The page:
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Anat Sci Educ. 2017 Sep 22. doi: 10.1002/ase.1741. [Epub ahead of print]

Evaluating a bedside tool for neuroanatomical localization with extended-matching questions.

Author information

1
Office of Neurological Education, Department of Neurology, National Neuroscience Institute, Singapore Health Services, Singapore, Singapore.
2
Duke-NUS Medical School, Singapore, Singapore.
3
Department of Endocrinology, Tan Tock Seng Hospital, Singapore, Singapore.
4
Singapore National Eye Centre, Singapore Health Services, Singapore, Singapore.
5
Department of Medicine, National University Health System, Singapore, Singapore.
6
Centre for Medical Education, Yong Loo Lin School of Medicine, National University of Singapore, Singapore, Singapore.
7
Department of Medical Education, Faculty of Medicine, University of Colombo, Colombo, Sri Lanka.

Abstract

Neuroanatomical localization (NL) is a key skill in neurology, but learners often have difficulty with it. This study aims to evaluate a concise NL tool (NLT) developed to help teach and learn NL. To evaluate the NLT, an extended-matching questions (EMQ) test to assess NL was designed and validated. The EMQ was validated with fourth-year medical students and internal medicine and neurology residents. The NLT's usability was evaluated with third- and fourth-year students, and the effectiveness was evaluated with an experimental study of second-year students, using the EMQ as the outcome measure. Students were taught how to use both the NLT and textbook algorithms (control) to perform NL, then randomized into either group, and only allowed to use their assigned tool to complete the EMQ. Primary outcome was the difference in mean EMQ scores expressed as a percentage of total score. For EMQ validation, students (n = 56) scored lower than residents (n = 50) (76.7% ± 1.7 vs. 83.0% ± 1.6; mean ± standard error of mean, P < 0.009). The EMQ demonstrated good reliability (Cronbach's α 0.85) and generalizability (G-coefficient 0.85). Third- (n = 77) and fourth-year (n = 42) students found the NLT user-friendly and helpful in their learning of NL. In the experimental study, scores were significantly higher for NLT group (n = 94) than for controls (n = 101) (42.5 vs. 37.0%, P = 0.014); the effect size (Cohen's d) was 0.36. The EMQ is validated to reliably assess NL and is generalizable, feasible, practical, and of low cost. The concise and user-friendly NLT for NL was effective in aiding medical student performance of NL. Anat Sci Educ. © 2017 American Association of Anatomists.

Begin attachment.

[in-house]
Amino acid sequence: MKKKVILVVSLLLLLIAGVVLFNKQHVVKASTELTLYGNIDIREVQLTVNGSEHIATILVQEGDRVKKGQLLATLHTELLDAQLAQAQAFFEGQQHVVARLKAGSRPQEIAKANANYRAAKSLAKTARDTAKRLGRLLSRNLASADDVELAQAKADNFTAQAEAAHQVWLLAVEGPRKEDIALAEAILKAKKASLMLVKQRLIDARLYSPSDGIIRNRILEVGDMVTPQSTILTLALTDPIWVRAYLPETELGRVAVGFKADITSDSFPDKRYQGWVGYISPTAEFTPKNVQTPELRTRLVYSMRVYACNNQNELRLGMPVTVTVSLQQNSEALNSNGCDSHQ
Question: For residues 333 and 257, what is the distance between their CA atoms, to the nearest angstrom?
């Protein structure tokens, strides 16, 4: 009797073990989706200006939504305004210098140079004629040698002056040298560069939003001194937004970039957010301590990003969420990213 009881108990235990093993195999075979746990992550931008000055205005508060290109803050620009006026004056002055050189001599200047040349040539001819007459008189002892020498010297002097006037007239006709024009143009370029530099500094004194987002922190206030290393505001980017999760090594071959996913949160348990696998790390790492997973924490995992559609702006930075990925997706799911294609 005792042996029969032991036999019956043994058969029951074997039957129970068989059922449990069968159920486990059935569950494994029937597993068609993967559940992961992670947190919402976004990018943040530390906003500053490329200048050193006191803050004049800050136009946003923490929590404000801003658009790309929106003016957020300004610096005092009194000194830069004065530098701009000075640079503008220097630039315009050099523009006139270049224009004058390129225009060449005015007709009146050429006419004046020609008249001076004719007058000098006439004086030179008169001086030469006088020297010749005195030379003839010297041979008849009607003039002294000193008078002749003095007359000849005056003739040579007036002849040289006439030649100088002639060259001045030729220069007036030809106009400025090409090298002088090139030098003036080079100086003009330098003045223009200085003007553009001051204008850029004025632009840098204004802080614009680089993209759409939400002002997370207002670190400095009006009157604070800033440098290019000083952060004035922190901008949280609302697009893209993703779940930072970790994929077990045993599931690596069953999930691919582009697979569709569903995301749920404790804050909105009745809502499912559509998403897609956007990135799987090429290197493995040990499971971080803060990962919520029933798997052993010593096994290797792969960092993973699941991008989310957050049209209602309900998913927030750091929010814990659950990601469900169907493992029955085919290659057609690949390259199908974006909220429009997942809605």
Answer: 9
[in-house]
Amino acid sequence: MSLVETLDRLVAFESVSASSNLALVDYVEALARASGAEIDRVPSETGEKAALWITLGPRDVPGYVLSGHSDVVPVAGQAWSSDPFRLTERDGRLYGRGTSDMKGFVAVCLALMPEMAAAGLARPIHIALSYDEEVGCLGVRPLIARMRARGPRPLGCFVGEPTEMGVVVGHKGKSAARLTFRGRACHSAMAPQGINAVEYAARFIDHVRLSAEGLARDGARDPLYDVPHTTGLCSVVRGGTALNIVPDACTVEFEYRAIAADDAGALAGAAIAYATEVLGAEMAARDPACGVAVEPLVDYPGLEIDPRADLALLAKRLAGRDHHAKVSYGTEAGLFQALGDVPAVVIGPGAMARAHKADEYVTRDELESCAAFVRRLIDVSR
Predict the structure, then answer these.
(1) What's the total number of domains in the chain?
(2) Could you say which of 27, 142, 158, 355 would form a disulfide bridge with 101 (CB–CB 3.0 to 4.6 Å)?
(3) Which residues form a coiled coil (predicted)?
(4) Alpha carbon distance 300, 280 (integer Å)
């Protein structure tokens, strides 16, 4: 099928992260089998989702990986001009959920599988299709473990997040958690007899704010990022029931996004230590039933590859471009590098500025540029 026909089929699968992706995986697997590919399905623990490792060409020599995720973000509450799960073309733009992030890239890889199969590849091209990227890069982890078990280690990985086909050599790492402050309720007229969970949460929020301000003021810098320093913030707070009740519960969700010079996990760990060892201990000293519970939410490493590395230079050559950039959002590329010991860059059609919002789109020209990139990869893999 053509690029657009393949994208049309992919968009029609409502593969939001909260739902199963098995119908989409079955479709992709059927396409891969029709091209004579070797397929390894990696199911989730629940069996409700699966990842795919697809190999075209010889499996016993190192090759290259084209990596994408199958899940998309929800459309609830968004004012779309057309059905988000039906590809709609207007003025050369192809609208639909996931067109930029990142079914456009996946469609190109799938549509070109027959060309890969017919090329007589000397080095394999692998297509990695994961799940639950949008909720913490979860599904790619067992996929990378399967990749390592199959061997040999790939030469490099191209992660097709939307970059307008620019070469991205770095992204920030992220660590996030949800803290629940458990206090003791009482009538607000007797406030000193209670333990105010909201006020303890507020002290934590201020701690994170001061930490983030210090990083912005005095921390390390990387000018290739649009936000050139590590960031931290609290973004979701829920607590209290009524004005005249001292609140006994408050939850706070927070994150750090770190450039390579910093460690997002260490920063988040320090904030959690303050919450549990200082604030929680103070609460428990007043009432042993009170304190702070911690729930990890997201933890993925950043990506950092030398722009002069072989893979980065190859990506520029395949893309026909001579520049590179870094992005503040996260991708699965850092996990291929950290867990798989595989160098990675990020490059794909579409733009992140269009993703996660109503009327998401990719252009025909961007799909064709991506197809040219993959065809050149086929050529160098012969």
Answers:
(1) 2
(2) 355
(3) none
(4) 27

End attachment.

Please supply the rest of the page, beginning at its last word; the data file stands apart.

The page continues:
KEYWORDS:

bedside tool; evaluation; extended-matching questions; medical education; neuroanatomical localization; neuroanatomy education; neurology; neuroscience education

PMID:
28941011
DOI:
10.1002/ase.1741
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